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How to Do Four Main Yoga Bandhas: A Guide for Beginners

Yoga Bandhas are neuromuscular locks that are an integral part of Hatha Yoga. Learn how to do four main Bandhas: Mula, Jalandhara, Uddiyana, and Maha Bandha.


What Are Bandhas?

Jalandhara Bandha: The Chin Lock

Uddiyana Bandha: The Abdominal Lift

Mula Bandha: The Root Lock

Maha Bandha: The Great Lock

What Are Bandhas?

The Sanskrit word Bandha means to 'hold', 'tighten' or 'lock'. These definitions describe the physical action involved in the Bandha practices and how they help channel the life force energy or Prana through the body. In the Hatha Yoga Pradipika, there was little to no distinction between Mudras and Bandhas. Bandhas are a part of Mudras. They were taught by word of mouth from the guru to the pupil. Bandhas combined with Mudras play a crucial role in Pranayama and the enhancement of Pranayama benefits. The locking action performed during Bandhas helps us control the flow of energy or the flow of Prana voluntarily to various parts of the body. This maximizes the positive effects of every part of the Yoga practice - pranayama, meditation, and asana practice.

There are four major Bandhas - Jalandhara Bandha, Uddiyana Bandhas, Mula Bandha, and Maha Bandha the culmination of all three Bandhas. Each of these Bandhas are associated with a Granthi. The Granthis act as obstructions or blockages that prevent the free flow of Prana along the various Chakras and Nadis of the body. The Bandhas help pierce this Granthis ensuring the flow of Prana to various parts of the body.

Jalandhara Bandha: The Chin Lock

The Sanskrit word "Jalan" means 'net' and "Dhara" means 'stream'. One interpretation of Jalandhara Bandha is the net or lock which controls the network of Nadis in the neck. The physical manifestations of these Nadis are the blood vessels and nerves of the neck. An alternative meaning of Jalan is 'water' and "Dhara" refers to a tubular vessel in the body. Jalandhara bandha is therefore the throat lock or Chin Lock.

How to do Jalandara Bandha?

Step 1 - Sit in padmasana with your spine straight. Place the palms of the hands-on the knees. The knees should be in firm contact with the floor. Those who cannot manage this may perform Jalandhara Bandha in a standing position. Close your eyes and relax.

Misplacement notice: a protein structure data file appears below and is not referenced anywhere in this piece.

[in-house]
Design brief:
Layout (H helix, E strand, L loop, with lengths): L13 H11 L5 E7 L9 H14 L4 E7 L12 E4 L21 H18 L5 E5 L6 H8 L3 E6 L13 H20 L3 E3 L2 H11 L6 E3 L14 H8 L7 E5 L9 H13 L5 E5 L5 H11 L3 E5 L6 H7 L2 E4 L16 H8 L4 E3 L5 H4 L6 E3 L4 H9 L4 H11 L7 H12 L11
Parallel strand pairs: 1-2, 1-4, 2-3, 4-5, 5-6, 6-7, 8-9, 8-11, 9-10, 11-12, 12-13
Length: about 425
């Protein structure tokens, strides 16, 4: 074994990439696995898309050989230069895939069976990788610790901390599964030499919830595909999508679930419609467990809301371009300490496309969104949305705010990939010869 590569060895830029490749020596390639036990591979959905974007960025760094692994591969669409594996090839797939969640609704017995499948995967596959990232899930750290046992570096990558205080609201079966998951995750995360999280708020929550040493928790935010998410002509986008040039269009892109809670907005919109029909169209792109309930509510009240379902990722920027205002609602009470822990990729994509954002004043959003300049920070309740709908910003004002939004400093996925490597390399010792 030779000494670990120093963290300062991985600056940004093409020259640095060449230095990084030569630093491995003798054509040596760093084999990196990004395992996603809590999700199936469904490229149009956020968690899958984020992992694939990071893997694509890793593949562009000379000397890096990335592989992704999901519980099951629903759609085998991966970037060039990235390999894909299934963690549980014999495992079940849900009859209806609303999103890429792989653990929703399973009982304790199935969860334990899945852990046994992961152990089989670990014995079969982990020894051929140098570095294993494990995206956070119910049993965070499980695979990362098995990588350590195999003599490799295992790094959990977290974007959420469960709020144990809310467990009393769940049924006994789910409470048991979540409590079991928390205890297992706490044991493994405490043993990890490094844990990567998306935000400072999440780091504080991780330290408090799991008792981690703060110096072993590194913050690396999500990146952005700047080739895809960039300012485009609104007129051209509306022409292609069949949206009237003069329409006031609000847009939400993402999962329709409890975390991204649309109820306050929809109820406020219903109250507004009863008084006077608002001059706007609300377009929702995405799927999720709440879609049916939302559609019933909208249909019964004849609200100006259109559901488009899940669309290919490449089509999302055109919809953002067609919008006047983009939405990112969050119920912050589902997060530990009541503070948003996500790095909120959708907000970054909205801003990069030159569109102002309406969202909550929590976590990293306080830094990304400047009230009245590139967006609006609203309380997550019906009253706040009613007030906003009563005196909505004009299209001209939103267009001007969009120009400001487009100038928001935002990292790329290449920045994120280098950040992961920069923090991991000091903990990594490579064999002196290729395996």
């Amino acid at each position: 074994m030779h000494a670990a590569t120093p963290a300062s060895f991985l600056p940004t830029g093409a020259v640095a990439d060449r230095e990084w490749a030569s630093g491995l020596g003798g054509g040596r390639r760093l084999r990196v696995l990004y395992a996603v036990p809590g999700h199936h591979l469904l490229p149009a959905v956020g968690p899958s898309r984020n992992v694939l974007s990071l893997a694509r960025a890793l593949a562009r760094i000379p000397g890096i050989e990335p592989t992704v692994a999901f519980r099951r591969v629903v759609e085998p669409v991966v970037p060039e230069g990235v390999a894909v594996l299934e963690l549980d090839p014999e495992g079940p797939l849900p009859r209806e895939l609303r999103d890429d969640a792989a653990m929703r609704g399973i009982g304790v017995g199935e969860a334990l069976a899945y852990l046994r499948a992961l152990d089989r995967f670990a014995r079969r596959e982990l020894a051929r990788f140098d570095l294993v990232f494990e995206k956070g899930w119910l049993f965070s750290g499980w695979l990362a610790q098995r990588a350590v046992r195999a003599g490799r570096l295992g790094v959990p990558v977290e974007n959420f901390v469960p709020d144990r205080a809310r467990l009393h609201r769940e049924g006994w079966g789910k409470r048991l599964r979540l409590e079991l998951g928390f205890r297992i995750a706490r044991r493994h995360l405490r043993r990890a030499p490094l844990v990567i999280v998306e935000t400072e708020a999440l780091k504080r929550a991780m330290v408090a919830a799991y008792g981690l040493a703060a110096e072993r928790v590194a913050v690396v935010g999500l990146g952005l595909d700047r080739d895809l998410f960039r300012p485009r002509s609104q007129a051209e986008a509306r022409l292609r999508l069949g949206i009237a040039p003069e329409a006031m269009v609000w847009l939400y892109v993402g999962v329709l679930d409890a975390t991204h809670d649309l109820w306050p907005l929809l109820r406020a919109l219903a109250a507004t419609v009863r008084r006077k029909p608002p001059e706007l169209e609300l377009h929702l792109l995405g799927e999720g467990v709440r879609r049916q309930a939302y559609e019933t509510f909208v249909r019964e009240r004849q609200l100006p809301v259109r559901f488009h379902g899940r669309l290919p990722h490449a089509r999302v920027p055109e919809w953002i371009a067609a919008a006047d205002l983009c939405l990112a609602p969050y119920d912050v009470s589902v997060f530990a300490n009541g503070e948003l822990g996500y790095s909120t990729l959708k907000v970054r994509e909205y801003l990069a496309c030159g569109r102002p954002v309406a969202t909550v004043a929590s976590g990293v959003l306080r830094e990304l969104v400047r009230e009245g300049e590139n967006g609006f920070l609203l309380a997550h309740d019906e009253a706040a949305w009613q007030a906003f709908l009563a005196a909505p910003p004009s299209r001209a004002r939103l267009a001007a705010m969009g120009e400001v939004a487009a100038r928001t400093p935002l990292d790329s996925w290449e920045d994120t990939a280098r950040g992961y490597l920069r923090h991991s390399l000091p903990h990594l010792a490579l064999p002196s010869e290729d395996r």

Step 2 - Inhale and retain the breath inside. Holding your breath, bend the head forward and press the chin tightly against the chest. Straighten your arms and lock your elbows, pressing the knees down with your hands.

Step 3 - Hunch the shoulders upward and forward intensifying the pressure applied to the neck. Stay in the final position for as long as the breath can be held comfortably. Do not strain.

Step 4 - Relax the shoulders, bend the arms, slowly release the lock, raise the head and then exhale. Repeat 3-5 times when the respiration has returned to normal.

Note - Do not inhale or exhale until the chin lock and armlock have been released and your head is fully upright. If any sensation of suffocation is felt, immediately stop and rest. You can resume the practice after any feeling of discomfort is gone.


Jalandhara bandha compresses the carotid arteries. They help us regulate the circulatory and respiratory systems. Carotid sinuses increase our heart rate and initiate heavier breathing when the body oxygen levels are low and carbon dioxide levels are high. By artificially exerting pressure on these sinuses, this tendency is prevented, allowing for decreased heart rate and increased breath retention. This helps control our heart rate and blood pressure. The stimulus on the throat also helps to balance thyroid function and regulate our metabolism. This practice facilitates mental relaxation, stress reduction, and a decrease in anxiety and anger.


People suffering from cervical spondylosis, high intracranial pressure, vertigo, high blood pressure, or heart disease should not practice Jalandhara Bandha. Although it reduces blood pressure initially, long retention of the breath brings about some strain on the heart.

Uddiyana Bandha: The Abdominal Lock

The Sanskrit word "Uddiyana" means 'to fly upwards'. This practice involves a physical lock applied to the body causing the diaphragm to rise towards the chest. This is where its name comes from. Uddiyana is therefore often translated as the Stomach lift or the Abdominal lock.

How to do Uddiyana Bandha?

Step 1 - Stand erect with the feet a little more than just shoulder-width apart. Inhale deeply through the nostrils. Bend forward from the waist and exhale through the mouth, emptying the lungs as much as possible.

Step 2 - Keep the spine horizontal and bend the knees slightly. Place the palms of your hands on the thighs, so that the knees are supporting the weight of the upper body. Make sure the arms are straight.

Step 3 - Bend your head forward without pressing your chin against the chest. Make a false inhalation, keeping the glottis closed and expanding the chest, as though breathing in but not actually taking in air.

Step 4 - Straighten the legs slightly. This movement will automatically draw the abdomen upward and inward towards the spine to form Uddiyana Bandha. Hold this position for a comfortable length of time.